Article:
Have you ever sent your offspring to summer camp? Usually, once they get around an appropriate age where they are fairly self-sufficient, they are allowed to go hang out for a week with their peers and do hedonistic things all day like go swimming, zip-lining, pet animals, and the like.
Now to be fair, they do have camp counselors who are hired to corral them and tell them when they have to wake up, eat and go to sleep. It is almost a function of growing up in these United States.
While all of these things seem oh-so-beneficial (yes, sounds like it, quite sure), there is something that alarms me just a teensy bit (as if a week of pure wild hedonism isn't quite enough) and that is the utter quality and purity of the food selections offered. I am pretty sure that we're straight up GFS-ing it (GFS, if you don't have it, is a bulk "food" store where you can get "food" in aluminum cans that are bigger than your toilet and all manner of preserved and pre-fabbed quasi-foods filled to the top with pretty much everything you would never think of putting into your own mouth - partially hydrogenated oils, artifical colors, preservatives, high fructose corn syrup, GMO soy and corn products, and anything else you would scoff wildly at. Or I would, whatever.) for breakfast, lunch and dinner. For a week.
What's a responsible parent to do? You know, being that, if we go out to eat at all (which we do, four times a year - once for Valentine's Day with our friends, and for 3 birthdays), we pretty much instantly get sick the day after (or two). It's great. So I can imagine the amount of loveliness that it would be for my little to fill up on such yum-sies for an entire week. This compounded with 2 hours less sleep daily is sure to make a delight of a child.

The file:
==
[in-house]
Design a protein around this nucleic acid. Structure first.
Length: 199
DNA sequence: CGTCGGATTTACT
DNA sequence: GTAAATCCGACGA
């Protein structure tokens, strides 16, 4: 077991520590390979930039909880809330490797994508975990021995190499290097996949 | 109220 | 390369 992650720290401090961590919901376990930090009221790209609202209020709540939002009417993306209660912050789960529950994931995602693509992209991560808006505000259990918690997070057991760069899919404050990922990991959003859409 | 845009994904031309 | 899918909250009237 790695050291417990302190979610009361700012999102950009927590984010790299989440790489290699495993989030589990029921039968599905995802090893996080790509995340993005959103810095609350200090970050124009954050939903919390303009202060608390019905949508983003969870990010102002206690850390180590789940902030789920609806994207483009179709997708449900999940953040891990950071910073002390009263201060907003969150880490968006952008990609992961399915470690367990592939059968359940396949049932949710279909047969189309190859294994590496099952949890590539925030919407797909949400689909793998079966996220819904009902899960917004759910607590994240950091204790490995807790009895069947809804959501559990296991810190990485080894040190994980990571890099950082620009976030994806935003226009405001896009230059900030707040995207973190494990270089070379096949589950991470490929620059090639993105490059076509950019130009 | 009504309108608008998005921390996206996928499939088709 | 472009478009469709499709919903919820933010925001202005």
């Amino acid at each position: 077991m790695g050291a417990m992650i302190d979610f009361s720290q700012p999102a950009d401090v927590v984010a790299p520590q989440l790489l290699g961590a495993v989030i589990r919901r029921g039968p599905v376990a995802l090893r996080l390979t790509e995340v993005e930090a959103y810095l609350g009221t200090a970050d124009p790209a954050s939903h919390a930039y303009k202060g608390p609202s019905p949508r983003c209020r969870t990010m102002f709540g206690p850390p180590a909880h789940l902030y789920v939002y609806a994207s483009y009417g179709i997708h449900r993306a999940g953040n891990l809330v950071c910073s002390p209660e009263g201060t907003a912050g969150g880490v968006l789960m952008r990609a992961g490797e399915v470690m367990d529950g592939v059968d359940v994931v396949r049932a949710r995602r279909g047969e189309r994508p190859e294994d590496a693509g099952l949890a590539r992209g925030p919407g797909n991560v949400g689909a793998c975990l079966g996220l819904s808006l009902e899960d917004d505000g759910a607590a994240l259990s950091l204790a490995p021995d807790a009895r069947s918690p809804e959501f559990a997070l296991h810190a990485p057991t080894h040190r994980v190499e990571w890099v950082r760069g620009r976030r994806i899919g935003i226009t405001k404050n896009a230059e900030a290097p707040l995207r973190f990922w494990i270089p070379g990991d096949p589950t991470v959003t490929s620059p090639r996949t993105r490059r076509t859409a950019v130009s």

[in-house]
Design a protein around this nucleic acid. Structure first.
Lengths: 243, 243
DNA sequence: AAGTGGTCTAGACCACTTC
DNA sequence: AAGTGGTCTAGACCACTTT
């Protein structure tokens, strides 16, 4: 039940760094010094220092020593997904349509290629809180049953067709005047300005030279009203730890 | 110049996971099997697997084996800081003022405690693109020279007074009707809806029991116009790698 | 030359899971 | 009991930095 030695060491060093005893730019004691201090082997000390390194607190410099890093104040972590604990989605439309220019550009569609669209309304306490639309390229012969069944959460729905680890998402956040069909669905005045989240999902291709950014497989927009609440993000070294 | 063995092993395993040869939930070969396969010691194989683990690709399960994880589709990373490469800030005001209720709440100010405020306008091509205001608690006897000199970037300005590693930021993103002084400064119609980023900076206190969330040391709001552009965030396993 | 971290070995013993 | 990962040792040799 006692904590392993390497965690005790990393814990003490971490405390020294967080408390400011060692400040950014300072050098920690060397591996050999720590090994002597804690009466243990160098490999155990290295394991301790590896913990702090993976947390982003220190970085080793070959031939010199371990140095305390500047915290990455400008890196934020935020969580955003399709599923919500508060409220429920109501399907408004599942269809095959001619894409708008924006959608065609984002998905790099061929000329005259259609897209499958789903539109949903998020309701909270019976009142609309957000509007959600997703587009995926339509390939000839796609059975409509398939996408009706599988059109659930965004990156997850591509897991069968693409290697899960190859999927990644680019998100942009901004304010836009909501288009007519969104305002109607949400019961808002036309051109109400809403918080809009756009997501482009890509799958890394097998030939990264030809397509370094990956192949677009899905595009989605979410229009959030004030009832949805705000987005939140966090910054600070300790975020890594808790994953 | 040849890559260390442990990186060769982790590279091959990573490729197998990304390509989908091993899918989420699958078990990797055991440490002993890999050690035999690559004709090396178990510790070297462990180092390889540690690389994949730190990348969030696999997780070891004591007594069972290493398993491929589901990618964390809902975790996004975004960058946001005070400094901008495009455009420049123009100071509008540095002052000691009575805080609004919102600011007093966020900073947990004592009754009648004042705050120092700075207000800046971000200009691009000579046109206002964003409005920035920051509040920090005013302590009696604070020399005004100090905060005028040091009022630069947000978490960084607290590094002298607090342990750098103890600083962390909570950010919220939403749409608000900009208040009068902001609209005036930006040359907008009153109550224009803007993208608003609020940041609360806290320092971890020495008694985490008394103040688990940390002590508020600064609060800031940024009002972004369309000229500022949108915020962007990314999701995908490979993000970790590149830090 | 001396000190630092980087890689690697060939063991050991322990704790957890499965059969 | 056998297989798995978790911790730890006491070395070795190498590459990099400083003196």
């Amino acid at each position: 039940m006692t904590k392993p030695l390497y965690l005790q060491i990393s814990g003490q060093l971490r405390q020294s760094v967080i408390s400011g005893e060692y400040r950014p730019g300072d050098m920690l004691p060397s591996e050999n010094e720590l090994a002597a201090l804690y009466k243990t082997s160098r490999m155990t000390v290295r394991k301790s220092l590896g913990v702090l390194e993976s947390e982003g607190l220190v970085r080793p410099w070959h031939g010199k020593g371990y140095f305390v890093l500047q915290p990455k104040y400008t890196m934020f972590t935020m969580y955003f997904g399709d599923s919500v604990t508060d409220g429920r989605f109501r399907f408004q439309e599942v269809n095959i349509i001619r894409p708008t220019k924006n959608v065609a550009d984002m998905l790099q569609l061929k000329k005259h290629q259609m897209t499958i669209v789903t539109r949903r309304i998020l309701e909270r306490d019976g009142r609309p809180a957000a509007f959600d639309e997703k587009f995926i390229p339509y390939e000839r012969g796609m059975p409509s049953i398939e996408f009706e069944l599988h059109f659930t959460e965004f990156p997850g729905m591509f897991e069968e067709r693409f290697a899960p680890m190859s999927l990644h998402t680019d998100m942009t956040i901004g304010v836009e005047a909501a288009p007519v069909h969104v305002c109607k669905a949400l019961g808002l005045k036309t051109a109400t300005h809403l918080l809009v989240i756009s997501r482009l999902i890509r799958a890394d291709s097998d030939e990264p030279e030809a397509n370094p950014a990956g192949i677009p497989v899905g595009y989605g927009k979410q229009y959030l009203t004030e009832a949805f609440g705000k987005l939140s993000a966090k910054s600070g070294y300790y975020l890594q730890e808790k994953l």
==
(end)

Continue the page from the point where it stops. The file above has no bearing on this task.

So what would you do?
Here's what I'm thinking. I probably should just call the place and ask if they would be okay with me sending a week's worth of food. What's the harm in that, eh? You never know until you ask. And if you're ever faced with this, perhaps if there are enough of us out there who want a better food choice for our children, maybe they'll be inspired to change their food choices and provide something more real.
How to get to that spot? I think it's through educating people who make those decisions about food choices. Kinda like your own personal version of Jamie Oliver.
It's do-able and it's worth it.
Peace, love and feed them well!